Beyond new build

Repurposing private rented housing to deliver a new generation of social homes for England

England’s housing crisis, which has been simmering for years, has reached boiling point. Far from providing stable foundations on which to build our lives, our housing system has instead become a source of insecurity, hardship, anxiety and poor health for millions. Private renters face ever rising rents, an increasing risk of homelessness compounded by the threat of no fault” eviction, and are living in disproportionately poor quality, energy inefficient and dangerous homes, often ridden with damp and mould. Millions experience acute housing need, languishing on social housing waiting lists and in temporary accommodation. Social tenants remain marginalised. Home ownership is slipping further out of reach for millions, while homeowners face devastating rises in their housing costs. And social landlords face squeezes on their budgets, hindering their ability to invest in new homes and maintain existing homes.

Existing policy solutions have failed to resolve the core problems at the heart of our broken system. Demand side reforms – such as Help to Buy or cuts to stamp duty – have cost taxpayers billions, but have only further inflated demand and prices. We are in desperate need of more housing supply, but we are failing to build the number of homes – particularly social homes – to meet demand. Further, the delivery of new homes in and of itself cannot significantly improve the affordability of our homes. In any event, the construction industry faces huge challenges in building new homes in the current economic climate, and meeting the (now non-mandatory) housebuilding targets would make it impossible for the UK to achieve its commitment to its carbon reduction goals by 2050.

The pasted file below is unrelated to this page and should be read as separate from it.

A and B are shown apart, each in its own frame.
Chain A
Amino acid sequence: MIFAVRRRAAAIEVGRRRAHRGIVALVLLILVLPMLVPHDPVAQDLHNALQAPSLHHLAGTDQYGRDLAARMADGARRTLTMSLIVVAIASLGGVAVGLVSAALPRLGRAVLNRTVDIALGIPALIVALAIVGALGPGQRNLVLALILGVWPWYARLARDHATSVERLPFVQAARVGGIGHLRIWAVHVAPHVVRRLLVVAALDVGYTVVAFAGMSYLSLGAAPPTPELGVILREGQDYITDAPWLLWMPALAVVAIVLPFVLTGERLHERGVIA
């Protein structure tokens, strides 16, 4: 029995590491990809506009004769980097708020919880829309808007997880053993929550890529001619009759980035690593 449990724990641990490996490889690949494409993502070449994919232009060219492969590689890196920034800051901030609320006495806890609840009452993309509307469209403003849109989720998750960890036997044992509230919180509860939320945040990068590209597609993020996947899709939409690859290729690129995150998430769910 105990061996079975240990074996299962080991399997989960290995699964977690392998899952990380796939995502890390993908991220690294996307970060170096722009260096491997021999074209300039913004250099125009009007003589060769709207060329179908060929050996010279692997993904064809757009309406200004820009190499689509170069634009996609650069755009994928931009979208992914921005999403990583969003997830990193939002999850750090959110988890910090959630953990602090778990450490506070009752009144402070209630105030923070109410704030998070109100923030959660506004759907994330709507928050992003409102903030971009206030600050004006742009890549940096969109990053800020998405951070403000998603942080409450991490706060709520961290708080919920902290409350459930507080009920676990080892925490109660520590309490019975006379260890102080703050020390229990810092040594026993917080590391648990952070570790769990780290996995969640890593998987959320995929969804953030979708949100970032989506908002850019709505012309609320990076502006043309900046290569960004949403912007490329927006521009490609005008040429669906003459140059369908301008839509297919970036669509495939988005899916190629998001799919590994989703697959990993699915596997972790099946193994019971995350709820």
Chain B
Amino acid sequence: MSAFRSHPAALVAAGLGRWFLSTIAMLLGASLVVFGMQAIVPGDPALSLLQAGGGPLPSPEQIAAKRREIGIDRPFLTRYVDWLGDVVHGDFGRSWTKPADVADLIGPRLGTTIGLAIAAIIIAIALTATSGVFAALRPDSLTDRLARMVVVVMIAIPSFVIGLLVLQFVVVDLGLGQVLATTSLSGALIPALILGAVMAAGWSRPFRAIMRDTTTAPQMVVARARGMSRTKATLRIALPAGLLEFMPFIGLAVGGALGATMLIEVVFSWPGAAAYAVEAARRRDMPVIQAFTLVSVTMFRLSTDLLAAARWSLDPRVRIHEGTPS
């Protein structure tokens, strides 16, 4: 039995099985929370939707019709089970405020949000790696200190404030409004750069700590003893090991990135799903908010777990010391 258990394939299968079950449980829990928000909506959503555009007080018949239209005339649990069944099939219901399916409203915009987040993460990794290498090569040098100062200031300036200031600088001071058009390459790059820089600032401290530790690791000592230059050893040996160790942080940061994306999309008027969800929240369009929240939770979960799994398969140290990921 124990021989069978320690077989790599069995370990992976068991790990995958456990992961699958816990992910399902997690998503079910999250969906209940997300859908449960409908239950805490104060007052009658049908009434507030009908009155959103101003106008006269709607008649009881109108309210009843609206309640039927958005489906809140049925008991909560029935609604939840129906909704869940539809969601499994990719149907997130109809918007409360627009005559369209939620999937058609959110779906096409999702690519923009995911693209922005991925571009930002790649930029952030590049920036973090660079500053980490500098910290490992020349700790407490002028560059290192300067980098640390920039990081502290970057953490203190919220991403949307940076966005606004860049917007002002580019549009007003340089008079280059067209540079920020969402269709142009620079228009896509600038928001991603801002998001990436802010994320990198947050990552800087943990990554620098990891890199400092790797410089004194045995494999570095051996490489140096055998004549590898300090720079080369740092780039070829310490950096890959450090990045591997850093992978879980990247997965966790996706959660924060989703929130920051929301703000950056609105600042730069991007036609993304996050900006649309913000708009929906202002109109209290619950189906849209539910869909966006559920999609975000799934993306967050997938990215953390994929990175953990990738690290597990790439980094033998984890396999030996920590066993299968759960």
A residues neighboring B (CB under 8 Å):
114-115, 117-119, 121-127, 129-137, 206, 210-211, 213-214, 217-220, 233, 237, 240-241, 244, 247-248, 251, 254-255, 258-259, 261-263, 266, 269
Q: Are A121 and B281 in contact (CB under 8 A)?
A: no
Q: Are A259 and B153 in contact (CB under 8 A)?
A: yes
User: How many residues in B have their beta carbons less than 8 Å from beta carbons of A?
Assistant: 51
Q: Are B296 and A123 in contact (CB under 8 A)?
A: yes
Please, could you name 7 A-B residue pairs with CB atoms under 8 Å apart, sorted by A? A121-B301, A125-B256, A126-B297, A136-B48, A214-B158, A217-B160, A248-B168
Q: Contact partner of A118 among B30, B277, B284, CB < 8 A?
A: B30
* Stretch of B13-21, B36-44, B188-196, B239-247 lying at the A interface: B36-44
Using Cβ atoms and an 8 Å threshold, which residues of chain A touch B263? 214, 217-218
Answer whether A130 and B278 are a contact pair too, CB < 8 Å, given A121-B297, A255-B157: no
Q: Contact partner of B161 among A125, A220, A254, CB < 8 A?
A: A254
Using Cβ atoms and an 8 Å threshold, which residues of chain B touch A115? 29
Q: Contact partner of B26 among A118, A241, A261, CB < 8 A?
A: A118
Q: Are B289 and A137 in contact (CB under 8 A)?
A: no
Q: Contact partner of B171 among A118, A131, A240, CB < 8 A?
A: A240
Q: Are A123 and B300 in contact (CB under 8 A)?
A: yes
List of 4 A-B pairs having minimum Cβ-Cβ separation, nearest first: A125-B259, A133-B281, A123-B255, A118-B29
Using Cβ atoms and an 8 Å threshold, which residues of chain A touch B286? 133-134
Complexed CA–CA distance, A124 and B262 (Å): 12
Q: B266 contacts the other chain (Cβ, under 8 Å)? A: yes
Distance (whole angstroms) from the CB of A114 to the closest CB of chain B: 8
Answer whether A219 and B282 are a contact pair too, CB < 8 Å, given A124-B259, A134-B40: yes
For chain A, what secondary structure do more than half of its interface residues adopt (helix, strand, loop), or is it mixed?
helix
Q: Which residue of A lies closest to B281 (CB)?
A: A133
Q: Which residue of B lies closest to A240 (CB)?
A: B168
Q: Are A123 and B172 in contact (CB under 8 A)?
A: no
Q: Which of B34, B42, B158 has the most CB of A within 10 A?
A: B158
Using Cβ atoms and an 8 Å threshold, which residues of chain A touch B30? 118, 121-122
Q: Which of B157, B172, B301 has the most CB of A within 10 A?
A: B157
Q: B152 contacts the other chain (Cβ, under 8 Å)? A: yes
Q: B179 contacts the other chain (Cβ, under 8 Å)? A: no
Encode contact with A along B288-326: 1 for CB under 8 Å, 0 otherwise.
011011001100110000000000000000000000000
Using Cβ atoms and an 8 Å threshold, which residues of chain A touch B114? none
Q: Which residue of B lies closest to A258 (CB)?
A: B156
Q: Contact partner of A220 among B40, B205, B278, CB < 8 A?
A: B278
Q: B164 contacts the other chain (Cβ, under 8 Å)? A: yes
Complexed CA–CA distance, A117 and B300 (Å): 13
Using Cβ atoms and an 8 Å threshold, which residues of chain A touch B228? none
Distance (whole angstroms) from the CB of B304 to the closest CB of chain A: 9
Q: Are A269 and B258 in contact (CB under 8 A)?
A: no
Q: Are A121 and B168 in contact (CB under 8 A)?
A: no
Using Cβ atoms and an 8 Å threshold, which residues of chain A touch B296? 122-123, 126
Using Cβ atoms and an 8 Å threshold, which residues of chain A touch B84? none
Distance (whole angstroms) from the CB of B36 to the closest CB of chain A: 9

Faced with these formidable challenges, NEF has formed the Homes for Us Alliance of tenants and organisations from health, racial justice, housing and other social movements, to build power, develop policy, and campaign for transformative change. NEF has produced this paper as a submission to the Alliance following discussion with and direction set by the Alliance.

Since the introduction of Right to Buy in 1980, there have been a flow of homes from the social sector – characterised by relatively high affordability and security of tenure – to the private rented sector (PRS) – defined by low quality, poor security of tenure and high levels of unaffordability. This has skewed our entire housing system, generating significant unmet, acute housing need and trapping millions in the PRS. It follows that reversing the flow of these transactions ­– from the PRS to the social sector – offers a clear path to resolving many of the deeply entrenched problems in England’s housing system.

Therefore, alongside the building of new social homes, policy should be geared towards upgrading existing private rented homes to ensure they are energy efficient, and acquiring and repurposing them as homes for social rent. Doing so equitably, sustainably and on a sufficiently large scale is far from straightforward, but the prize – improving the affordability and quality of PRS accommodation and delivering the social homes we so desperately need – is significant. As we outline in this report (and in further detail to be provided in future publications over the coming months), upgrading and repurposing private rented accommodation into a new generation of social housing offers a clear route to addressing many of the core, interlinked problems at the heart of our broken housing system.

Image: iStock

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